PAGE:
One even finds this kind of fetishization among language communities without native speakers. I am a participant in the micro-cultures of active Latin speakers, and active Ancient-Greek speakers. There are no native speakers of these languages. There are some highly competent speakers of these languages. Those speakers tend to be lionised for their ability. Linguistic competence is treated as a status feature, and the perceived difficulty of learning to speak those languages probably heightens that. While it may be impossible to avoid language proficiency as a status feature, when language proficiency becomes a status competition, and speakers compete to assert their status via proficiency displays, this is deeply problematic for both communication, and for the language acquisition process.

Moreover the idealisation of what a native speaker of Latin might be like, the dream of creating neo-native speakers, and the fetishization of that as an ideal speaker, continues to deeply plague a community that is at heart not dedicated to Latin language revitalisation (e.g. the aim of Latin speakers is rarely, if ever, to create a new living language community, like Hebrew did, and see it evolve. If contemporary Latin evolved it would become a new Romance language, defeating the reason many people learn Latin in the first place – lingusitic continuity with a 2700 year-old language community).

While I personally think we will never jettison the idea or ideal of native speakers, I think a growing linguistic meta-awareness of the complexity and complication of the term, and its role as an ideal, can serve to mitigate its sociolinguistic effects, especially the deleterious ones. Replacing the idealisation of native speech with competent speech broadens the base of language content that is ‘worth’ consumption. It jettisons the idea of ‘authentic’ content as only that produced by native speakers for native speakers. It recognises that linguistic competence is not a product of birth, but of acquisition, whether as an L1 or L2. At the same time, an awareness of the ways in which learners, and competent speakers, native or not, perceive and use linguistic competence as a value holder for status, may allow for self-regulation of communicative exchanges to discourage language as performance and competition. On the proficient side, to recognise that one doesn’t need to demonstrate and prove one’s own proficiency as a power-play to others; on the less-proficient side, to dismiss (and dare I say, ignore and sideline) speakers whose communicative acts serve primarily to assert their own dominance.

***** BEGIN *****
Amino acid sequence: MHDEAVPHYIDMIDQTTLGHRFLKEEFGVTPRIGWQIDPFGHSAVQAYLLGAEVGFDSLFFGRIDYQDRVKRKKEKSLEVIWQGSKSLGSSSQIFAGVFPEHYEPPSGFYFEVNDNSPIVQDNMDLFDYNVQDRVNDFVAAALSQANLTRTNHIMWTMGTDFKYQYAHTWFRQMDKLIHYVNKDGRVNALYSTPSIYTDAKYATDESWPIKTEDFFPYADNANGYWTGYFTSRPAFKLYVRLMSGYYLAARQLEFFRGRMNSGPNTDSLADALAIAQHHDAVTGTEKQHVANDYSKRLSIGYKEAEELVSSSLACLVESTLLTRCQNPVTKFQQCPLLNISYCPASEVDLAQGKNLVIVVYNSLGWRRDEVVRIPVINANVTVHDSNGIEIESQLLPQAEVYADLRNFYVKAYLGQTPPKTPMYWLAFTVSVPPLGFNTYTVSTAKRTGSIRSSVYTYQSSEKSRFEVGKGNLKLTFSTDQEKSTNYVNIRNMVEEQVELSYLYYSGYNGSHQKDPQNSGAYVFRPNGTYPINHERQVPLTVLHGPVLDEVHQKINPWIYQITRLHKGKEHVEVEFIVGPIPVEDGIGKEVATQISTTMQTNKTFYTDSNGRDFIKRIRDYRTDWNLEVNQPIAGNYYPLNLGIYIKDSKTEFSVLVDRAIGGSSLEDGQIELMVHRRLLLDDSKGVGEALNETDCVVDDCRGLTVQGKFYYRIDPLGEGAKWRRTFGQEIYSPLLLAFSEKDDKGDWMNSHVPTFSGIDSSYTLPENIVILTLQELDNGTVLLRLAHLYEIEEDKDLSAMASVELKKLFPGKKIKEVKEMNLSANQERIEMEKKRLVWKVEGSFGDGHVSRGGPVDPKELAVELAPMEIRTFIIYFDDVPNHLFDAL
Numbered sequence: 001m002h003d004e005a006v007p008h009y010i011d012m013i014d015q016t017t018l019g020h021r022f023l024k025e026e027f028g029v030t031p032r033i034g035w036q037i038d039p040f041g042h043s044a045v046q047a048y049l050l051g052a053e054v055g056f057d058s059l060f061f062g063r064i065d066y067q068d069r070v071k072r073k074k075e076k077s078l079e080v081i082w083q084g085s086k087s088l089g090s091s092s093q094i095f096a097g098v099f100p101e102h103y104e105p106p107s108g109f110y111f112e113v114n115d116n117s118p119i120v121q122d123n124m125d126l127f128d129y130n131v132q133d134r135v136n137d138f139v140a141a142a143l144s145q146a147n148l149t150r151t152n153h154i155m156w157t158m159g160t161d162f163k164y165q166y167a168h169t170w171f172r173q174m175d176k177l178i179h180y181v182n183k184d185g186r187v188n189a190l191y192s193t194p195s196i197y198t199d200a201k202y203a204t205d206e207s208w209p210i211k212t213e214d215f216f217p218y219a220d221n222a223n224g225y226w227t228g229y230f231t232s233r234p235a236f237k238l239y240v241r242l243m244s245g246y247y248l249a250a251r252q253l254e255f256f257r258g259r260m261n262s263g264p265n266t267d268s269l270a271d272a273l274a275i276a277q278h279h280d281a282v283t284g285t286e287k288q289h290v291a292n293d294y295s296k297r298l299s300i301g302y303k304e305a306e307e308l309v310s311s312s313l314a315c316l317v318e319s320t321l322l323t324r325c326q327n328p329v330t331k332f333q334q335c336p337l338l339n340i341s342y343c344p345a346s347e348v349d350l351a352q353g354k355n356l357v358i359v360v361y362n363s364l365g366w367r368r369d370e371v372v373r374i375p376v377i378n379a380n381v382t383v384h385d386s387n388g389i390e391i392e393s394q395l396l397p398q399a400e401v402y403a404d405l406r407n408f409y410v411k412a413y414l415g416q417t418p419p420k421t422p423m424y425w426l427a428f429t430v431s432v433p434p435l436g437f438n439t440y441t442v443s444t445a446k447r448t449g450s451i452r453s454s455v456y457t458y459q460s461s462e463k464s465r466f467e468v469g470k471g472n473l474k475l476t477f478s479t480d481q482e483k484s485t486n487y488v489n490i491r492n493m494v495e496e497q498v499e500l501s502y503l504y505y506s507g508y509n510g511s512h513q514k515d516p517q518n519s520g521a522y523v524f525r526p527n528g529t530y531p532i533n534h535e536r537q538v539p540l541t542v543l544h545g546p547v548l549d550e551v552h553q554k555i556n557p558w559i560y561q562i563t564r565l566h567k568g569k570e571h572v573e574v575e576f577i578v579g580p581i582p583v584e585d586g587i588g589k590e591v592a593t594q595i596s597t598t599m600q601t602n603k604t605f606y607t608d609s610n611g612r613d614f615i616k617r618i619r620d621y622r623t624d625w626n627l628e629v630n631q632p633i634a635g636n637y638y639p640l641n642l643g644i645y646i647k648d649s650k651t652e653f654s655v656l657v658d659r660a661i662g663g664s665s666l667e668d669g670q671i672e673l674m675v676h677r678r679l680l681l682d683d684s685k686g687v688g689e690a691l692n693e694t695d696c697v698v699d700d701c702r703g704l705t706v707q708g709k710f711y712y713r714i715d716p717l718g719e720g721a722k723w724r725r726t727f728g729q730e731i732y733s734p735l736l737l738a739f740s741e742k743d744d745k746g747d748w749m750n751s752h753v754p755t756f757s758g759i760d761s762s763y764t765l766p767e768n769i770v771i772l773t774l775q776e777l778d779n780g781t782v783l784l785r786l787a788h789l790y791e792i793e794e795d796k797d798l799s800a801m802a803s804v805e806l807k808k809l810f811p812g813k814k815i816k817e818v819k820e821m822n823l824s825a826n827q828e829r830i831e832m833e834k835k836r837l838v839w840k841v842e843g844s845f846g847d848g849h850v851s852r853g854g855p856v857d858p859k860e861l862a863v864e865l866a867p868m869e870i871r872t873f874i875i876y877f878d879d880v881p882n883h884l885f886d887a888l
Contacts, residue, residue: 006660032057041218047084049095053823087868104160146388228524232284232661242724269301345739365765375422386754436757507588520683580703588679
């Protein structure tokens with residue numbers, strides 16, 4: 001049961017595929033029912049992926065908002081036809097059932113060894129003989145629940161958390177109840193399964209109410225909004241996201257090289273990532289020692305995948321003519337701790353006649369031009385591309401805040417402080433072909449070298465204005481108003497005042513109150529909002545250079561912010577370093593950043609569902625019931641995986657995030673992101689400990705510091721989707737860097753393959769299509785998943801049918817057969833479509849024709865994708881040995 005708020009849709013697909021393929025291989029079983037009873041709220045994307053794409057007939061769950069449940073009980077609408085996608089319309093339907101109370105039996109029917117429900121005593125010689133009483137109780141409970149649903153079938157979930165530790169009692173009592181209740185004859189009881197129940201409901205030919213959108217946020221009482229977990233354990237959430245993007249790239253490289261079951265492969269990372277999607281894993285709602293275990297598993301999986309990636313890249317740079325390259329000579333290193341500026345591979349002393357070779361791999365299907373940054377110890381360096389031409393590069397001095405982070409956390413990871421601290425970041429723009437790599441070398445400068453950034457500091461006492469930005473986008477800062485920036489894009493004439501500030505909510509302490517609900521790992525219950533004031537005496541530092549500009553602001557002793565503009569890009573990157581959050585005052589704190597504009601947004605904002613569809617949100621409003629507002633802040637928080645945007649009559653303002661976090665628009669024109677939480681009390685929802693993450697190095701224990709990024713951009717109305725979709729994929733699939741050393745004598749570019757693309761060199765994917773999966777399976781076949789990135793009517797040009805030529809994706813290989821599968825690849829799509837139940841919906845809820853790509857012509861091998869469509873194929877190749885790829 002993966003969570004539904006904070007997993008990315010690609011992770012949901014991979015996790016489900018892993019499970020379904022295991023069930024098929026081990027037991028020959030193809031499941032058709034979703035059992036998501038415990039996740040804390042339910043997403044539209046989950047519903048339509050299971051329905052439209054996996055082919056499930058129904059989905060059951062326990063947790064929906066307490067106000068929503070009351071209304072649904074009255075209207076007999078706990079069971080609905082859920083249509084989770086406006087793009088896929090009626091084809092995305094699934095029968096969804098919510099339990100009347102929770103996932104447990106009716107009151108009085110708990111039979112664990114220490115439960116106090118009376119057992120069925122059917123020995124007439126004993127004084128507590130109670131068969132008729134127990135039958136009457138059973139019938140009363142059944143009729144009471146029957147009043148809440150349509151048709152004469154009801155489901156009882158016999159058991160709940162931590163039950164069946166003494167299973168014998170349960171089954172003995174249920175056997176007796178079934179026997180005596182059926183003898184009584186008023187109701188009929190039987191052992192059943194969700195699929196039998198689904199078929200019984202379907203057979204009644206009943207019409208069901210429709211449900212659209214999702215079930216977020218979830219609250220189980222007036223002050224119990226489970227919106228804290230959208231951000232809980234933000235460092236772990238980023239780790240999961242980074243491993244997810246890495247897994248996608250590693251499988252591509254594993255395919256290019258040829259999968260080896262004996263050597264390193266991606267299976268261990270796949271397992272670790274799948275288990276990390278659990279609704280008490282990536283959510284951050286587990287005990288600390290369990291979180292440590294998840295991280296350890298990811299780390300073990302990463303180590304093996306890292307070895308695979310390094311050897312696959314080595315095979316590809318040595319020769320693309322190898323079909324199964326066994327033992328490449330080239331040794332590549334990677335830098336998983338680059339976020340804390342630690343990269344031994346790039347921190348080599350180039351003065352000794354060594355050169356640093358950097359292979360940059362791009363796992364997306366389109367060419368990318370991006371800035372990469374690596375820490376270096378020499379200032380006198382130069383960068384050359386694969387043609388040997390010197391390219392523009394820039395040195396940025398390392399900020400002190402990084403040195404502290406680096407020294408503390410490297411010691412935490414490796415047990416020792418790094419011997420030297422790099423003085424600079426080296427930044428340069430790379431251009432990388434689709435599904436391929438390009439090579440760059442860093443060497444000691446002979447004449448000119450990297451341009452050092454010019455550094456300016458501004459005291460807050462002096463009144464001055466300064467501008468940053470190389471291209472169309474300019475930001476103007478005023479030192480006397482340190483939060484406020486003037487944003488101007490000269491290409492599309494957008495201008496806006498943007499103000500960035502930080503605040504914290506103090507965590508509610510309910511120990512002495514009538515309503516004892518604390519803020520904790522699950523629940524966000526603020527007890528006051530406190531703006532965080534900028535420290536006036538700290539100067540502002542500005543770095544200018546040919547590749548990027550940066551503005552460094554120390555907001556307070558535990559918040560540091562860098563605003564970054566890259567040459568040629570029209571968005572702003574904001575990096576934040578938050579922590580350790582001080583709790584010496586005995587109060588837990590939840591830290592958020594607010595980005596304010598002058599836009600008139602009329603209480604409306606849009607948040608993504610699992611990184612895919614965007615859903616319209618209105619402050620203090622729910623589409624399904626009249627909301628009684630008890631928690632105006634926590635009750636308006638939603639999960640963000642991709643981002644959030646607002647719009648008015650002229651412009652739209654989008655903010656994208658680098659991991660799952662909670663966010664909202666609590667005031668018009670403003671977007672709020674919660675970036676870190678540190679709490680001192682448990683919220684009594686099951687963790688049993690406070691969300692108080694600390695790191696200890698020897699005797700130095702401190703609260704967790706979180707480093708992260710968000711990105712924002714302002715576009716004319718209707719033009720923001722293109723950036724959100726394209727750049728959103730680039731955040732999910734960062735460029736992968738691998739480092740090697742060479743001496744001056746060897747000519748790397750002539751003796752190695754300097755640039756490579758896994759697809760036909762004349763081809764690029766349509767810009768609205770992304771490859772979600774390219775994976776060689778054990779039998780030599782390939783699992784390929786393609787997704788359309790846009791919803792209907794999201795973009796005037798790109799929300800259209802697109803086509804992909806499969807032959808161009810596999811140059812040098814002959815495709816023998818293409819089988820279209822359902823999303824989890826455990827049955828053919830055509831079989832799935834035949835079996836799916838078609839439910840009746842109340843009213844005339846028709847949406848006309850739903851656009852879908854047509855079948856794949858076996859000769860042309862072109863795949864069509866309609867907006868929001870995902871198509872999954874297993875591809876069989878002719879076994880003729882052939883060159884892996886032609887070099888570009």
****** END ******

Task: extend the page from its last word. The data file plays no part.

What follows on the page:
[1] Bernadette O’Rourke, ‘Whose Language Is It? Struggles for Language Ownership in an Irish Language Classroom’, Journal of Language, Identity & Education 10:5 (201): 327-345

[2] C. Ó Giollagáin ‘Scagadh ar rannúcainteoirí comhaimseartha Gaeltachta: gnéithe d’antraipeolaíocht teangeolaíochta phobal Ráth Chairn.’ Irish Journal of Anthropology, 6 (2002): 25–56.

2 responses

  1. This is fascinating.

    You write, “The idealisation of what a native speaker of Latin might be like . . . continues to deeply plague a community that is at heart not dedicated to Latin language revitalisation.” To what, if anything, would you say the community IS committed?

    • Even talking about a unified spoken-latin community is probably a bit misleading. An array of subcommunities might be better. And to what degree there is a sense of unity around anything except ‘we’re people that cultivate spoken latin’ is something I’d love to see discussed.

      But on this particular question, and I’d be interested in your own thoughts too, the general attitude I encounter is (a) we speak Latin in order to acquire Latin better, and hence to engage with texts – classical, most often, but medieval and later too – as better readers. There is thus an orientation towards a linguistic standard that remains, for the most part, Ciceronian in idealisation, In terms of a ‘living’ community, I’d say the ideal is an ongoing, sustained ‘community’ of speakers, who can effectively inculcate new speakers as learned L2 speakers. e.g. the continuation of Latin’s former role as a learned language of discourse in Europe, though these days shorn (to some degree, if not entirely successfully), of some of the socio-cultural attendants of Latin’s former prestige-status